Updated 08 December 2014

Fracking disrupts our hormones

A new study shows that the chemicals used in hydraulic fracturing, aka fracking, can disrupt the body's reproductive hormones, causing infertility, cancer and birth defects.

A controversial oil and natural gas drilling technique called hydraulic fracturing, or fracking, uses many chemicals that can disrupt the body's hormones, according to new research accepted for publication in The Endocrine Society's journal Endocrinology.

Endocrine-disrupting chemicals, or EDCs, are substances that can interfere with the normal functioning of the endocrine system. EDCs can be found in manufactured products as well as certain foods, air, water and soil. Research has linked EDC exposure to infertility, cancer and birth defects.

"More than 700 chemicals are used in the fracking process, and many of them disturb hormone function," said one of the study's authors, Susan C. Nagel, PhD, of the University of Missouri School of Medicine. "With fracking on the rise, populations may face greater health risks from increased endocrine-disrupting chemical exposure."

The study examined 12 suspected or known endocrine-disrupting chemicals used in natural gas operations and measured their ability to mimic or block the effect of the body's male and female reproductive hormones.

To gauge endocrine-disrupting activity from natural gas operations, researchers took surface and ground water samples from sites with drilling spills or accidents in a drilling-dense area of Garfield County, CO – an area with more than 10,000 active natural gas wells – and from drilling-sparse control sites without spills in Garfield County as well as Boone County, MO.

The water samples from drilling sites had higher levels of EDC activity that could interfere with the body's response to androgens, a class of hormones that includes testosterone, as well as the reproductive hormone estrogen.

Drilling site water samples had moderate to high levels of EDC activity, and samples from the Colorado River – the drainage basin for the natural gas drilling sites – had moderate levels. In comparison, little activity was measured in the water samples from the sites with little drilling.

"Fracking is exempt from federal regulations to protect water quality, but spills associated with natural gas drilling can contaminate surface, ground and drinking water," Nagel said.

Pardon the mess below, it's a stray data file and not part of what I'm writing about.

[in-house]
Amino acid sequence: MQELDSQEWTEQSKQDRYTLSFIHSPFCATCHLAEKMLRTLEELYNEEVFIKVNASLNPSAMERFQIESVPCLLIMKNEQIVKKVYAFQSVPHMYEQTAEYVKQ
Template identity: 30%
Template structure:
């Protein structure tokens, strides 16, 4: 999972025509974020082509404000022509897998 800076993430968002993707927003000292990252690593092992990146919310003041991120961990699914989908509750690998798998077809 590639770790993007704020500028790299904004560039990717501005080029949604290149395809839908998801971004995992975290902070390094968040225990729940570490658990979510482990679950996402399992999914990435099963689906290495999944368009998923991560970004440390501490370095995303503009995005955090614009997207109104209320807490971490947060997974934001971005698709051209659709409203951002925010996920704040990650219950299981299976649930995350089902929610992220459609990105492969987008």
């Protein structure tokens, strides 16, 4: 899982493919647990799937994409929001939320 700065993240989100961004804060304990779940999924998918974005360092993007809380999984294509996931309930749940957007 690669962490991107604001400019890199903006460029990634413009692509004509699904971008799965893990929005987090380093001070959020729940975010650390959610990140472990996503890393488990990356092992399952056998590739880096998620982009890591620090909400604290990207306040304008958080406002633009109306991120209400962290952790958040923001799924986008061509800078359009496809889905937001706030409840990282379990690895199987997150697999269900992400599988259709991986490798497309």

"We found more endocrine-disrupting activity in the water close to drilling locations that had experienced spills than at control sites. This could raise the risk of reproductive, metabolic, neurological and other diseases, especially in children who are exposed to EDCs."

About endocrine disrupters

According to the National Institute of Environmental Health Sciences in the US, endocrine disruptors are chemicals that may interfere with the body’s endocrine system and produce adverse developmental, reproductive, neurological, and immune effects in both humans and wildlife. 

A wide range of substances, both natural and man-made, are thought to cause endocrine disruption, including pharmaceuticals, dioxin and dioxin-like compounds, polychlorinated biphenyls, DDT and other pesticides, and plasticisers such as bisphenol A.

Endocrine disruptors may be found in many everyday products - including plastic bottles, metal food cans, detergents, flame retardants, food, toys, cosmetics, and pesticides.

Fracking in SA

It is believed there are large natural gas deposits locked in Karoo shale. While proponents of extracting the gas say this could be an economic boost to poor populations in the area, critics point out that mining could have a devastating impact on the Karoo ecosystem, which, as an arid area, is especially vulnerable and has low resilience.

Read up on fracking

Article credit: "Estrogen and Androgen Receptor Activities of Hydraulic Fracturing Chemicals and Surface and Ground Water in a Drilling-Dense Region, The Endocrine Society

Image credit: Person protesting fracking at a rally in New York, a katz /

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